Pilot Award Recipient: Xionghao Lin, PhD

Small Molecule Inhibitors of Tat Dependent HIV-1 Transcription

June 04, 2019

Human immunodeficiency virus-1 (HIV-1) remains a severe burden worldwide. According to the Centers for Disease Control and Prevention (CDC), District of Columbia (D.C.) has the worst record for number of HIV infections in US. While HIV/AIDS can be managed with current antiretroviral drugs, these agents are incapable of clearing the virus and do not target HIV transcription that is reactivated if the treatment is interrupted. HIV-1 Tat, as one of the early viral proteins, plays a pivotal role in HIV-1 transcriptional activation. Dideydro-Cortistatin A (dCA), a selective inhibitor for HIV-1 Tat, has been shown to delay viral rebound both in cell culture and in mouse model. However, dCA has yet been tested in clinical trial and there are no Tat inhibitors clinically available thus far. Therefore, developing new classes of anti-HIV-1 drugs by targeting Tat dependent transcription may lead to a HIV-1 functional cure by permanently driving HIV-1 into deep latency. Previously, their lab has identified compound 1E7-03 as the optimum protein phosphatase 1 (PP1)- targeting HIV-1 transcription inhibitor that significantly inhibits HIV-1 both in cell culture and in HIV-1 infected humanized mice. They recently performed a shape-based screening in ChemDiv chemical database using 1E7-03 as a template. A novel compound CD52 showed more efficient (4-fold) on HIV-1 inhibition comparing to 1E7-03. CD52 preferentially inhibited Tat-dependent HIV-1 transcription rather than basal HIV-1 transcription (over 100-fold difference on IC50s), while 1E7-03 showed similar inhibition on Tat-dependent and basal HIV-1 transcription. Importantly, CD52 is a novel scaffold different from known Tat inhibitors. The anti-viral mechanism of CD52 scaffold has not been explored.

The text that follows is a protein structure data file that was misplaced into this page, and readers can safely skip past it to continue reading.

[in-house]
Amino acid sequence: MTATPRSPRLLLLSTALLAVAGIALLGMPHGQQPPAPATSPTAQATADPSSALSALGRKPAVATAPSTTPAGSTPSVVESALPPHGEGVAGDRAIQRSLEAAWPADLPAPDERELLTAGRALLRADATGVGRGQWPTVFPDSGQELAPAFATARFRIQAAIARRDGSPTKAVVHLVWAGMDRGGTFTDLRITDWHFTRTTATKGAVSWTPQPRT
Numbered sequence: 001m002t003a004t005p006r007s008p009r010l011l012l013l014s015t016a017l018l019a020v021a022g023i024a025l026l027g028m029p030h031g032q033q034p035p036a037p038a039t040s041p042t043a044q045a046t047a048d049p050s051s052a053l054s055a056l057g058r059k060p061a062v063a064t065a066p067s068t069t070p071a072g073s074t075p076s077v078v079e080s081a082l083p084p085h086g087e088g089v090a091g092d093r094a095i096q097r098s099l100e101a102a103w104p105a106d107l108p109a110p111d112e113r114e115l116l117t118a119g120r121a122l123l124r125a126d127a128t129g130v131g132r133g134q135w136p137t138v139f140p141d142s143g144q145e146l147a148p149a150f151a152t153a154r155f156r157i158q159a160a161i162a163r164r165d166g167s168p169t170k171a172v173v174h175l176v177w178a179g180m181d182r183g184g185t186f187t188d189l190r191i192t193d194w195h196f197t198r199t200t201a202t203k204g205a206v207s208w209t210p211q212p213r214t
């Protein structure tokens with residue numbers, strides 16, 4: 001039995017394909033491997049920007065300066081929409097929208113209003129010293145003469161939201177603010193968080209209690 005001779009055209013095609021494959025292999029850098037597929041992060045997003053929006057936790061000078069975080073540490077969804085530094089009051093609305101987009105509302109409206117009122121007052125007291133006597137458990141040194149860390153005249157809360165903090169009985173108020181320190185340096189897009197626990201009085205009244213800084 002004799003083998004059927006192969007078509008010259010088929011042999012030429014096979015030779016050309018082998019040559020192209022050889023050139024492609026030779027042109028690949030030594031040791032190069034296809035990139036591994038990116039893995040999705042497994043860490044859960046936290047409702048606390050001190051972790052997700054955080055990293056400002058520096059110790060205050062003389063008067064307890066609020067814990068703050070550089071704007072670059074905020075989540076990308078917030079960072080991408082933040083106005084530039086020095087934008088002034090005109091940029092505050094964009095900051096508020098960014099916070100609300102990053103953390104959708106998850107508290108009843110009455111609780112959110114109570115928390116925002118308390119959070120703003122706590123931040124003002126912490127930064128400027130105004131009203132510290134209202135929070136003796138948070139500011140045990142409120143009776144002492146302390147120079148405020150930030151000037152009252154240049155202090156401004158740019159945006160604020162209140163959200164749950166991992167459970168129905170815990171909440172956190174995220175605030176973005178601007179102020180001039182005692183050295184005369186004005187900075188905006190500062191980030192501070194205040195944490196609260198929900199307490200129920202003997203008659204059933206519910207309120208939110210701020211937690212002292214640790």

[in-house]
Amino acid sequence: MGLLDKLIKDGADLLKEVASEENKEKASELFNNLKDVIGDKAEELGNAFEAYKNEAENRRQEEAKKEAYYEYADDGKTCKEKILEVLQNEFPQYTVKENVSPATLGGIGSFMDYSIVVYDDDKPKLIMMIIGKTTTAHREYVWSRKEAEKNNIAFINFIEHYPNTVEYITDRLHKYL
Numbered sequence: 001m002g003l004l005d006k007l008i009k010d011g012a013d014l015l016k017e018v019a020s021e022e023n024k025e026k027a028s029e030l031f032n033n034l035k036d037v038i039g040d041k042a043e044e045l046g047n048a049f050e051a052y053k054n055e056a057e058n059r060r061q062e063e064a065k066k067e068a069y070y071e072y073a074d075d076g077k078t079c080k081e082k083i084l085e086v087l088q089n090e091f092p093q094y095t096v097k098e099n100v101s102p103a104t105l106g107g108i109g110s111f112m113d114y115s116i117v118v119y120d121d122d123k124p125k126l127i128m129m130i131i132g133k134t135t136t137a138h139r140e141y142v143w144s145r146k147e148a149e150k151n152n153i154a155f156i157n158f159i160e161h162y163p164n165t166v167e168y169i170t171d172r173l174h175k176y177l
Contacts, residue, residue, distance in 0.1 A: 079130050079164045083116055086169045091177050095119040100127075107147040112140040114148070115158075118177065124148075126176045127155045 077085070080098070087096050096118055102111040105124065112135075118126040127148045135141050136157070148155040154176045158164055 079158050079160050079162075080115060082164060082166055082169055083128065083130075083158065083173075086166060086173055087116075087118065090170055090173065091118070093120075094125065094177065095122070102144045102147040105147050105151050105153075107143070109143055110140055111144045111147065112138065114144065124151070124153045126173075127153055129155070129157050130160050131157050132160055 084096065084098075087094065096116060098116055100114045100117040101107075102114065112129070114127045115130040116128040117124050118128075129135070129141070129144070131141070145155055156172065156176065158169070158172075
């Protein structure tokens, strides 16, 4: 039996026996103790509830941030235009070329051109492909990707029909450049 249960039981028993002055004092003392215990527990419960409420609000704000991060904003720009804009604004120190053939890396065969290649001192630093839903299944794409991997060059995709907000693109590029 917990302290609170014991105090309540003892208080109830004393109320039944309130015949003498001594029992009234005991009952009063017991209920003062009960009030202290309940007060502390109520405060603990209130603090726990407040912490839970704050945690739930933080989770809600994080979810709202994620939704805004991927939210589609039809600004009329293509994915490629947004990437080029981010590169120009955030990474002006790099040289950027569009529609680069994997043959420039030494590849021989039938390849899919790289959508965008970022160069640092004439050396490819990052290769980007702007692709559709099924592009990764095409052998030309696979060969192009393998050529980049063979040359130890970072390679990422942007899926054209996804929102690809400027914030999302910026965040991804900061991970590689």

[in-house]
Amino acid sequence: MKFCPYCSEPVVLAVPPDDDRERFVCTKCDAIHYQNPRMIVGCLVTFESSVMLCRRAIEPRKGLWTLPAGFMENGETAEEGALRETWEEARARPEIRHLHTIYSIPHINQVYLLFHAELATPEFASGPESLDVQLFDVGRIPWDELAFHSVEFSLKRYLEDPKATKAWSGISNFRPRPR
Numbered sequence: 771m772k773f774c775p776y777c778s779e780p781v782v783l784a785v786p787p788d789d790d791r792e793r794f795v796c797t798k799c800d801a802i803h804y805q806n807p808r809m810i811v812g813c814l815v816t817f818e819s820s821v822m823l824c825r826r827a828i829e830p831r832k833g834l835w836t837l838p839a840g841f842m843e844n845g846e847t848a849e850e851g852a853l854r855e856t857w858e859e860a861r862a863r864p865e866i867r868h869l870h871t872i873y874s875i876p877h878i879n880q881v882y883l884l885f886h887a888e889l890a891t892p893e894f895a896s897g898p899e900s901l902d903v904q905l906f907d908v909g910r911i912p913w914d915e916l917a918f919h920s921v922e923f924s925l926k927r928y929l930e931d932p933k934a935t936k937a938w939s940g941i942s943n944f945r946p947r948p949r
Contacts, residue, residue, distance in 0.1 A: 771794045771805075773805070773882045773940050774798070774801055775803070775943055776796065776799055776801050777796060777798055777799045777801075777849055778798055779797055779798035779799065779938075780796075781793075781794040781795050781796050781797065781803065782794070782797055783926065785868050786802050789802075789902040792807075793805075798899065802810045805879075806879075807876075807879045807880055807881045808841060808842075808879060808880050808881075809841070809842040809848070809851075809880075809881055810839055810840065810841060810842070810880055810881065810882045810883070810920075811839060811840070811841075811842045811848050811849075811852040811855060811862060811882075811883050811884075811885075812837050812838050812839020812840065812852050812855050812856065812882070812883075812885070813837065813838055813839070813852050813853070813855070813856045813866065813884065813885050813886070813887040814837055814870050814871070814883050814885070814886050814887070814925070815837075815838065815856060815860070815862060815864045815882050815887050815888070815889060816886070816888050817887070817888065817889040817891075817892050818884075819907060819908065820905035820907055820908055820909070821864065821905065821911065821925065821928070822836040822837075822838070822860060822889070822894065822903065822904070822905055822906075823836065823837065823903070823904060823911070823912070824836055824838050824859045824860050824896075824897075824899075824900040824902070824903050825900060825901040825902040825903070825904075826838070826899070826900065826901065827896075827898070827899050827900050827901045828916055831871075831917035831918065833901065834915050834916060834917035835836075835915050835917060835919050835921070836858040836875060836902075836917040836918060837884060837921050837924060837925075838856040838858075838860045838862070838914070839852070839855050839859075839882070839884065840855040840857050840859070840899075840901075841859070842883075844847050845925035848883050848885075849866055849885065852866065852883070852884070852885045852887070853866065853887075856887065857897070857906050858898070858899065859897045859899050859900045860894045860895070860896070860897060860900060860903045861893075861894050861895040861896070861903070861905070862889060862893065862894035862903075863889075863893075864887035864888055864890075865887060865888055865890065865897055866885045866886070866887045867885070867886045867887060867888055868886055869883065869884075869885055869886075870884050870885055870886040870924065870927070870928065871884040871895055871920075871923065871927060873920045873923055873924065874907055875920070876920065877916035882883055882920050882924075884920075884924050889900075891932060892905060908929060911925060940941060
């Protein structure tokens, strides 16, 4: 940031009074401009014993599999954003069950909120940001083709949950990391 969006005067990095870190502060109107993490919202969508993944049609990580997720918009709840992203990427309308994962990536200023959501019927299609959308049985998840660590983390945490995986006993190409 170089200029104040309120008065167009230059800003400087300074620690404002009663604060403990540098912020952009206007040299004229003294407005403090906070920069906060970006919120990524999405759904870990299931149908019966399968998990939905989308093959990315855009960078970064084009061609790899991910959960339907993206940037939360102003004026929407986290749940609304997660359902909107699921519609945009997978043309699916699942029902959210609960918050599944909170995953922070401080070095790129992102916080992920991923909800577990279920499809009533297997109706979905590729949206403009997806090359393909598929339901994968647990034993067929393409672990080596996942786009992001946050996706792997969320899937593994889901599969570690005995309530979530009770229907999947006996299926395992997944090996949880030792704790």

They propose to perform the SAR analysis of CD52 scaffold to establish an innovative shape based computational model for further discovery of novel HIV-1 inhibitors by targeting Tat dependent transcription to identify the cellular targets of CD52 scaffold using (stable isotope labeling by amino acids in cell culture) SILAC based quantitative proteomics method. We expect to receive a new class of HIV-1 inhibitors that could be used alone or in combination of current anti-retroviral drugs. The study will also provide new insights on antiviral mechanisms that could be further used to develop new therapies for HIV-1 cure.